The debut TSX 30 was announced last week, and there were some surprising winners. There were also some high-momentum favourites on the list: precious metals won big, while the cannabis industry not only took the top spot but several lower ones as well. However, here are two other winning sectors you might have missed.
Canadian aviation is well represented in the TSX 30
It’s certainly been an interesting year for Canadian aviation, with grounded jets impacting the industry and flight operators jostling for market share dominance. Nevertheless, three businesses linked to the industry made the TSX 30 list: a passenger airline, a freight business (Cargojet), and a human resources company.
The nation’s flag-carrying airline grew its share price by a massive 346% in the last three years, though mixed signals have left the stock flat this week. Notable news items swirling around Air Canada include the impact from a lack of 737 Max jets on summer flights and, more recently, the collapse of travel group Thomas Cook.
While the former situation saw Air Canada’s operational expertise tested on multiple levels, the latter development could potentially see Air Canada gain market share from rivals that had operations in place with the now-defunct Thomas Cook. Not that market share is an issue for the fast-appreciating Air Canada: The airline is Canada’s largest, carrying 51 million customers to hot spots on six continents last year.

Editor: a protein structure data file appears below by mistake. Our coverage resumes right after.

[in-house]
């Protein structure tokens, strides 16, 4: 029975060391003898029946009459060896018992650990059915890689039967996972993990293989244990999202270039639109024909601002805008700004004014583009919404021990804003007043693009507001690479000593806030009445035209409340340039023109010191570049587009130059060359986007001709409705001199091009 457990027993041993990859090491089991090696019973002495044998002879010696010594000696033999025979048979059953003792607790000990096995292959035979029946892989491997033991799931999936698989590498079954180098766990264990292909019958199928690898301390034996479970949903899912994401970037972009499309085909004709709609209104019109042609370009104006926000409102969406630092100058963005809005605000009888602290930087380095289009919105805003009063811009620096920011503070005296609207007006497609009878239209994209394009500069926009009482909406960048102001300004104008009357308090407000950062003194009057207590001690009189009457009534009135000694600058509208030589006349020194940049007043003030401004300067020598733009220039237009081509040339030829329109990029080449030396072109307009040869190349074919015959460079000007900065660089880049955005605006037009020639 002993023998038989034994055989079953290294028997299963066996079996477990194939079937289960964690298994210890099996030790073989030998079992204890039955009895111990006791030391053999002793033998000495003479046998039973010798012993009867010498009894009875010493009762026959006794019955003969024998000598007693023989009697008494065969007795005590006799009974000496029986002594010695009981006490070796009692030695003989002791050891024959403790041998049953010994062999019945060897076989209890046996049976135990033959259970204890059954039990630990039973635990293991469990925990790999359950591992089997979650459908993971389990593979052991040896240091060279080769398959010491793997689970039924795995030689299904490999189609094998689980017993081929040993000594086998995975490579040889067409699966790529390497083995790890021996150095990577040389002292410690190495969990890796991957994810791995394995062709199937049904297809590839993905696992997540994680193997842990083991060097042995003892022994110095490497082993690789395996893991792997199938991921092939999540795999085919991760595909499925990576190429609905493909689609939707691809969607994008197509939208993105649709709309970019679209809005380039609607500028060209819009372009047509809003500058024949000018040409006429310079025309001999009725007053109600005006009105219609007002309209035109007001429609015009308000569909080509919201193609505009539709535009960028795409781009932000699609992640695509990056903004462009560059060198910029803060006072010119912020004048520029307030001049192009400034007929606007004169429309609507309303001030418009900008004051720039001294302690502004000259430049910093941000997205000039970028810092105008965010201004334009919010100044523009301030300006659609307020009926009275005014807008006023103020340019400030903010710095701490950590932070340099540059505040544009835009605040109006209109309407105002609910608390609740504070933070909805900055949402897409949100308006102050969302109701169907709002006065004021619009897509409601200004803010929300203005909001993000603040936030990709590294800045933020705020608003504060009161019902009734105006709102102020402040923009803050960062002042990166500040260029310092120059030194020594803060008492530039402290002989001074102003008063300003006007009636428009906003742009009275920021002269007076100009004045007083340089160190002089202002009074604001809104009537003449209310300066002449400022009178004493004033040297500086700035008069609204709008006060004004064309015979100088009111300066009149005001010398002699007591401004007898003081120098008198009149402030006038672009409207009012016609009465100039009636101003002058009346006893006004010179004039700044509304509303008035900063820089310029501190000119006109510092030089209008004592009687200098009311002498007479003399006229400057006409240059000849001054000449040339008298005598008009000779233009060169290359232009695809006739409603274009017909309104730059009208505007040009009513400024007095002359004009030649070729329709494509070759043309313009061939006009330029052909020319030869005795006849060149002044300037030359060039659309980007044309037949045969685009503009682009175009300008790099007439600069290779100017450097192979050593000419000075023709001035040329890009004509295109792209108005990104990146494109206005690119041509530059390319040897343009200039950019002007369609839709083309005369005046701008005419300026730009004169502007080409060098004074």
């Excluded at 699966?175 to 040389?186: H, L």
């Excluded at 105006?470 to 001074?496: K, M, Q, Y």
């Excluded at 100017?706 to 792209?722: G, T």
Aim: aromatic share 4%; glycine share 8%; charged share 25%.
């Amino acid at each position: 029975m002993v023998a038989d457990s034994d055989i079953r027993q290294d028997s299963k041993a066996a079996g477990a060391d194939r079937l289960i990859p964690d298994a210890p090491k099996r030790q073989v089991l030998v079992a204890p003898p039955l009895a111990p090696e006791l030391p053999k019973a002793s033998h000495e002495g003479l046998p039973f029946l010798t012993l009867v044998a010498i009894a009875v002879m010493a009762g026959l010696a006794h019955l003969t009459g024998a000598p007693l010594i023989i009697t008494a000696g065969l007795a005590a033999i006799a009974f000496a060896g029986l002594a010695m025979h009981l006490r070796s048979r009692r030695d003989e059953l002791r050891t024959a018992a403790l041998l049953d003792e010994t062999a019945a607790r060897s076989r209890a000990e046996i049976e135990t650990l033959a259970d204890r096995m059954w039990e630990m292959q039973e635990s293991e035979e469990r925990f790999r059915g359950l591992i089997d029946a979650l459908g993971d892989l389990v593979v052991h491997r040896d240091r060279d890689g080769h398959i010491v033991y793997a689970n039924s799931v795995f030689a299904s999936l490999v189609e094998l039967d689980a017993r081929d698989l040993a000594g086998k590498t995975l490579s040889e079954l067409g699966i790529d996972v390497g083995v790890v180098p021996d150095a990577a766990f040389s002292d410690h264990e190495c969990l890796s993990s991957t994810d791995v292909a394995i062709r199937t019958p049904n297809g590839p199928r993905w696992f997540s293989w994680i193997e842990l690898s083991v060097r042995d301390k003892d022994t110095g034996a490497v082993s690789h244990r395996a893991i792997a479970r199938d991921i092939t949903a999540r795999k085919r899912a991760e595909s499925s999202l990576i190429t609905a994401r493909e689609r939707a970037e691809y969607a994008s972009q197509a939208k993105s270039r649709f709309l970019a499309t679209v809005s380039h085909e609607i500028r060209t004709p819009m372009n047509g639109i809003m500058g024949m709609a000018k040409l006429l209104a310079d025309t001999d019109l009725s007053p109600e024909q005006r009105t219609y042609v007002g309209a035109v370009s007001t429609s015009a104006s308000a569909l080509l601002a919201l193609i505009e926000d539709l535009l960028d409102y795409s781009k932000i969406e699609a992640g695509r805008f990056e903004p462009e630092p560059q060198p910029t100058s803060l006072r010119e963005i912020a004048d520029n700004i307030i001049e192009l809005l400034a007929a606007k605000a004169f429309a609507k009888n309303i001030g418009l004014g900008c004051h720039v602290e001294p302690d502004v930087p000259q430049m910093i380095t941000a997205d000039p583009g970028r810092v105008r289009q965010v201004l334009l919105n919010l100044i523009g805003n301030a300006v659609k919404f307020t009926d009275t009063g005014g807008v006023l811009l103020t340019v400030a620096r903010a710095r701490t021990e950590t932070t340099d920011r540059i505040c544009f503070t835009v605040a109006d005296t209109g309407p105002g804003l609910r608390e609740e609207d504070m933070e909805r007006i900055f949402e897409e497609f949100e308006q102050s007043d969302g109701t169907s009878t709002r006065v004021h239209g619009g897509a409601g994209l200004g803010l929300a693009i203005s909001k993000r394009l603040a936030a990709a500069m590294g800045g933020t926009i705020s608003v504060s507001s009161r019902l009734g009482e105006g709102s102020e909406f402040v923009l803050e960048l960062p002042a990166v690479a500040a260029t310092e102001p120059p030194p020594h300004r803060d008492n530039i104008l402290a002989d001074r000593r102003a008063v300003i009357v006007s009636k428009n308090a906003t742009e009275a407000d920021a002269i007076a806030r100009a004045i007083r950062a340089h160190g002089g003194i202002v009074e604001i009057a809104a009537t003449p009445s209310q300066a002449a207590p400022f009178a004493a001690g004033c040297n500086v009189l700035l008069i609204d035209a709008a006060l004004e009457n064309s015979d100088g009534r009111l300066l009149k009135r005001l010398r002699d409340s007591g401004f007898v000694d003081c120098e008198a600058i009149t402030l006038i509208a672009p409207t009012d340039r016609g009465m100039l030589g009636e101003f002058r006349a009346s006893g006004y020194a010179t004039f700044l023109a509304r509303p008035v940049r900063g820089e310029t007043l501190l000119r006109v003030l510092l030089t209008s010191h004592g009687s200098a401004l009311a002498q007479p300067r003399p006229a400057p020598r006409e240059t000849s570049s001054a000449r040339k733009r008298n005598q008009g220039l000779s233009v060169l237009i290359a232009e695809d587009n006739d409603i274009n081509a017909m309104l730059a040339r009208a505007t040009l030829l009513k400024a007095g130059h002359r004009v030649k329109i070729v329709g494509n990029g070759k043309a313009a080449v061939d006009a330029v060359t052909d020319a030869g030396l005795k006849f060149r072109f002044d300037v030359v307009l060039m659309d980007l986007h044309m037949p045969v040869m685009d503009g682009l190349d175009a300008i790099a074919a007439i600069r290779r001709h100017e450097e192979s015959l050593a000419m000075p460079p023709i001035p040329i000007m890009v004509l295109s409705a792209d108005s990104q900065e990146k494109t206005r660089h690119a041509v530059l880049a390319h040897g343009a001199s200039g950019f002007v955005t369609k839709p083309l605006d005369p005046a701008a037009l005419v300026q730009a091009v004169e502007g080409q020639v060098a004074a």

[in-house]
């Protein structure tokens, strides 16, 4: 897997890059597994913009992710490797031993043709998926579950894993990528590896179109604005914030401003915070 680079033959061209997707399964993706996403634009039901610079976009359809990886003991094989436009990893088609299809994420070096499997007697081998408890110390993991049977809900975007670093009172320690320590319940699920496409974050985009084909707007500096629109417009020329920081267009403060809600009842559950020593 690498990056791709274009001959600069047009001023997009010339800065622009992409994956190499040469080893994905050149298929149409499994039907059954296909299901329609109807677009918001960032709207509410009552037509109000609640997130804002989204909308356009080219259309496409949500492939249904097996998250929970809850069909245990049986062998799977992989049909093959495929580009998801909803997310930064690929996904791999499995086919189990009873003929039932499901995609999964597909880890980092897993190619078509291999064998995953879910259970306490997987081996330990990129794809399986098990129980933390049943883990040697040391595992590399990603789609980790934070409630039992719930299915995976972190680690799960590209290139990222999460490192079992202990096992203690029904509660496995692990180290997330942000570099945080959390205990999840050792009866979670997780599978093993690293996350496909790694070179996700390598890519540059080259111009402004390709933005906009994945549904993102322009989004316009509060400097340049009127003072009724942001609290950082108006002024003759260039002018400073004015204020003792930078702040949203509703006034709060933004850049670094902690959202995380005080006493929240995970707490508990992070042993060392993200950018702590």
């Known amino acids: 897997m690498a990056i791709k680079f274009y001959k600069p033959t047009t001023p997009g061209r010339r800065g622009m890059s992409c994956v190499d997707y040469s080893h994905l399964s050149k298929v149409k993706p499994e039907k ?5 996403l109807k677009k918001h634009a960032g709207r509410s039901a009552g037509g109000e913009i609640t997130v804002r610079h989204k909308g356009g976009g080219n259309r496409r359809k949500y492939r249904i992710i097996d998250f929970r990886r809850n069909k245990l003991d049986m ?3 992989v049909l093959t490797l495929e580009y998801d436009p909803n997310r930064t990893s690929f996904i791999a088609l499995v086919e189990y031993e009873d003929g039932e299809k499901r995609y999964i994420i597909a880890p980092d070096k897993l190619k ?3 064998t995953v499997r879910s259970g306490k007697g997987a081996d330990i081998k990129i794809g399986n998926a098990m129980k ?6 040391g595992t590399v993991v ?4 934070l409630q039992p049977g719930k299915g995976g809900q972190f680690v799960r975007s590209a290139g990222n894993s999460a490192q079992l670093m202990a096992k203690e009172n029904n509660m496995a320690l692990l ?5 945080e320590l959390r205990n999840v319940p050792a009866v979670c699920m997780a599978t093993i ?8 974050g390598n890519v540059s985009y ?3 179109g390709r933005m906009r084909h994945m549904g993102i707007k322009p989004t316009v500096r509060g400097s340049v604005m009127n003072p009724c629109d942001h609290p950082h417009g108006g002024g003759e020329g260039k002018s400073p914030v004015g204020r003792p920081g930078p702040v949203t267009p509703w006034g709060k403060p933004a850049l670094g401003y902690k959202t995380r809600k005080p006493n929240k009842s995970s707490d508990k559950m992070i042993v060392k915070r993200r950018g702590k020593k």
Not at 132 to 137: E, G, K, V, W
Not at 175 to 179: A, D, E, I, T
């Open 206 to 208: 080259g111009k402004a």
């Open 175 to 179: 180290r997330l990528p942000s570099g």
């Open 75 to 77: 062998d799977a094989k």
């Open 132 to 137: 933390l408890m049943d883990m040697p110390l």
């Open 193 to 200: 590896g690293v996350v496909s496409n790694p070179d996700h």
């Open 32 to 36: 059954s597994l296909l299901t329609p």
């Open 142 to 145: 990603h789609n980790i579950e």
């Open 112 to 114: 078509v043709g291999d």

While not an aviation stock per se, CAE provides training services for the civil aviation sector. Also active in the healthcare and defence industries, CAE is a world leader that sets a benchmark for training protocol, utilizing unique virtual-to-live training systems to increase aviation safety. Having seen its share price grow by 136% in the last three years, CAE nabbed the number 26 spot on the TSX 30.
Internet-based services also featured on the list
The internet is a key area of investment, whether it be services that operate through the cloud or the provision of broadband itself. Two stocks that made the cut in the inaugural TSX 30 list of best-in-class companies growing their share price rapidly over the past three-year period were Shopify and Tucows, representing the online services and internet provision sectors, respectively.
Tucows made the list at the 24th spot thanks to a 152% growth in share price over the last three years. With a global reach that accounts for high numbers of business partnerships as well as a large network of private customers, Tucows provides web hosting, ISP duties, and various other online products and services.
However, despite its high historical returns, first-time investors looking for the widest economic moats may want to pass on Tucows and stick with Telus. Low-risk investors with an interest in media exposure could alternatively consider stacking shares in Bell company parent BCE or sports media giant Rogers.
The bottom line
Air Canada is the dominant player in Canadian airlines, and its stock should continue to appreciate, offering new investors upside potential. CAE also looks like an interesting play for its diversification across three defensive sectors, while Tucows could continue to grow if the swirling market uncertainty blows over and the current record bull run continues.